Comment Author: Diana Aguiar de Sousa, Department of Neurology, Hospital de Santa Maria, University of Lisbon, Portugal

Original Article: Lu Ban et al. 2017. “The incidence of first stroke in and around pregnancy: A population-based cohort study from Sweden” European Stroke Journal. Epub April 21, 2017. doi: 10.1177/2396987317706600

Pregnancy is associated with an increased risk of stroke. Besides being a prothrombotic state, pregnancy is also associated with relative hyperlipidaemia and hypertension. However, previous literature regarding the risk of pregnancy related stroke is limited, particularly in the distinction of the risks associated with the different time periods around pregnancy.

In this paper, Lu Ban and colleagues set out to quantify the incidence of first stroke related with pregnancy in Sweden and to compare it with background rates among women of childbearing age.

To do so, the authors have linked the Swedish Birth Registry and nationwide data on stroke obtained from the Swedish National Patient Registry. Both these registries have high quality data, as confirmed by prior analyses. The following types of stroke were considered: ischaemic stroke, intracerebral haemorrhage and subarachnoid haemorrhage.

Following this methodology, Ban and colleagues were able to identify more than 1 million pregnant women and 3000 stroke episodes occurring between 1992 and 2011. As 332 of those strokes were related with pregnancy, they have found a rate of 17 women with stroke per 100,000 deliveries.

Importantly, the authors described a higher incidence rate during the days around delivery, in accordance with data from prior studies. Another relevant finding was a decrease in the overall relative rate of stroke around delivery/early postpartum after the 90s. However, comparison with prior studies from Sweden suggests an increase in the rates of ischemic stroke, although the number of episodes of ICH was lower. Finally, a lower risk of stroke among highly educated women was also shown.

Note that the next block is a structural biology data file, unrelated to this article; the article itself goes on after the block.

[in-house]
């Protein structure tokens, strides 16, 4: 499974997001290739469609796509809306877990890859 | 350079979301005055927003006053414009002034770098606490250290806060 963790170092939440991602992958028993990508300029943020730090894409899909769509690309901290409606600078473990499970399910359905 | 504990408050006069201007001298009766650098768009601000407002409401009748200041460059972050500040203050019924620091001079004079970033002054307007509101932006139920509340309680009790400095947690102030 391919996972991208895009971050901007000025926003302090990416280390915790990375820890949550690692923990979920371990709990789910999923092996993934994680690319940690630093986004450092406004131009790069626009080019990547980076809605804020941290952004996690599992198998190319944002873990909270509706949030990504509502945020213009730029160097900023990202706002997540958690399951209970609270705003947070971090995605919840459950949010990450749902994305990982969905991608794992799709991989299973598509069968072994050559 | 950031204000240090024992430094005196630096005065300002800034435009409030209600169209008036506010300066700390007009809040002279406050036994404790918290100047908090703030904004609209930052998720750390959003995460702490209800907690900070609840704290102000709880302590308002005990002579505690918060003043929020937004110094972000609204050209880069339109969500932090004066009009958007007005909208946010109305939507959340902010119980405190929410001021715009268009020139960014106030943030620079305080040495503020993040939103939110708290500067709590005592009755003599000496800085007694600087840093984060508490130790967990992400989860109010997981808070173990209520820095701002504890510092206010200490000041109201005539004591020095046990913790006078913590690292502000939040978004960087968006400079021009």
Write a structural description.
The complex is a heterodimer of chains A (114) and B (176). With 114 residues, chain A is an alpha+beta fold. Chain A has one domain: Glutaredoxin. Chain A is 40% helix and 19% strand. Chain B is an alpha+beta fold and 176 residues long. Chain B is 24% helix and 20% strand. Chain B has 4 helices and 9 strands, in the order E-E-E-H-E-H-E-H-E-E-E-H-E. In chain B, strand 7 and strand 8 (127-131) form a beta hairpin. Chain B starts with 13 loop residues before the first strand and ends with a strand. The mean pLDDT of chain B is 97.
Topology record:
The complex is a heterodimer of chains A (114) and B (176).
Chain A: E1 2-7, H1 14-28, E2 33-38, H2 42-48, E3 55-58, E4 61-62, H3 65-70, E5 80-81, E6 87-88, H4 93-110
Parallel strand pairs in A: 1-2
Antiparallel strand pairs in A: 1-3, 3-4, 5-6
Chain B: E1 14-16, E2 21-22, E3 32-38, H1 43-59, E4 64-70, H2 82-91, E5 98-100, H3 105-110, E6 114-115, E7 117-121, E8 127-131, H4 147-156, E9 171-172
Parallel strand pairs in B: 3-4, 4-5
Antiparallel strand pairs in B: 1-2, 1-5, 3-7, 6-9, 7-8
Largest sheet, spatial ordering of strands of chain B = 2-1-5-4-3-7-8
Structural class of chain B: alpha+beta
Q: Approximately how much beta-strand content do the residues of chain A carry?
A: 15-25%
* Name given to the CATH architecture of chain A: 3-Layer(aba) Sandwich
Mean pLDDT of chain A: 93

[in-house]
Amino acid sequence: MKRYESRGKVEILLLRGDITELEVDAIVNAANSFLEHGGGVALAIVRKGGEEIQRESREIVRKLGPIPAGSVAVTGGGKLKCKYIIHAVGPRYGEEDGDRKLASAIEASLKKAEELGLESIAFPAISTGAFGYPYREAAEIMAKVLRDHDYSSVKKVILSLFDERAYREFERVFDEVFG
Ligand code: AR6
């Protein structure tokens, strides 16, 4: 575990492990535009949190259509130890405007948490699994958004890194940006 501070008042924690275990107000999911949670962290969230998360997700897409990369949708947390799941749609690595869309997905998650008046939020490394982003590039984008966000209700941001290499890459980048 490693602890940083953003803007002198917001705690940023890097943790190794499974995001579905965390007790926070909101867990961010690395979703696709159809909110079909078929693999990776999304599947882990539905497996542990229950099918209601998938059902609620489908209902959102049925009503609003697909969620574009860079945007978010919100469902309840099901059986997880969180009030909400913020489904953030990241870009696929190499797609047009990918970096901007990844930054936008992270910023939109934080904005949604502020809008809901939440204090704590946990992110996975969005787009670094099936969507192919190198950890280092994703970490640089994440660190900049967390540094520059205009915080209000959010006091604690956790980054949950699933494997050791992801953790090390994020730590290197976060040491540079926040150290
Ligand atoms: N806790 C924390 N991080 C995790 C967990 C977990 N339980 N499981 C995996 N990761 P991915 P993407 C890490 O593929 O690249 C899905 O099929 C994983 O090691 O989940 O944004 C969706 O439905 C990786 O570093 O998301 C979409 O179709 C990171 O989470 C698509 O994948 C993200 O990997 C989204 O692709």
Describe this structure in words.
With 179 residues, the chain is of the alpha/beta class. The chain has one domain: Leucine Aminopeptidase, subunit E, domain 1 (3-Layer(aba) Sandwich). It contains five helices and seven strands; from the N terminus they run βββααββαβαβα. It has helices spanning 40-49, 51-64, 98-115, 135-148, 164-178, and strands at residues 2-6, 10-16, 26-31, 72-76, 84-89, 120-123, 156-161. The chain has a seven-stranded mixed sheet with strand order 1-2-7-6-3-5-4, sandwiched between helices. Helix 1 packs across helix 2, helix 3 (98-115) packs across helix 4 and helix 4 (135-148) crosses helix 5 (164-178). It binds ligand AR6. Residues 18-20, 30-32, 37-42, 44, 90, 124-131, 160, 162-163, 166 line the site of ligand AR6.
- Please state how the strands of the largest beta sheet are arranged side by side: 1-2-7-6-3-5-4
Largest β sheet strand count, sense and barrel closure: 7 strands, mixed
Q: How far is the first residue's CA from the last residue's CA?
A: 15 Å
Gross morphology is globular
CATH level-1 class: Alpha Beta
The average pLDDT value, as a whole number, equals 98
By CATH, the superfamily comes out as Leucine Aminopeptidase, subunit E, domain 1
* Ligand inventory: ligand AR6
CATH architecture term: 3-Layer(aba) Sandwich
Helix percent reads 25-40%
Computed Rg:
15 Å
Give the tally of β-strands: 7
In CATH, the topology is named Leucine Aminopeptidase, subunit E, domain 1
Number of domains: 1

In conclusion, this nationwide population-based study of more than 1 million pregnant women confirms that the risk of stroke is significantly increased at the time of delivery and in the early postpartum period.

Further studies are needed in order to establish other factors that may contribute to this increased risk and the most appropriate strategies to prevent pregnancy related stroke.

The original article “The incidence of first stroke in and around pregnancy: A population-based cohort study from Sweden” is available in the “Online First” section of the European Stroke Journal.

References

  1. Ban L, Sultan AA, Stephansson O, Tata LJ, Sprigg N, Nelson-Piercy C, Bath PM, Ludvigsson JF. The incidence of first stroke in and around pregnancy: A population-based cohort study from Sweden. European Stroke Journal. Epub 2017 April 21.

 

 

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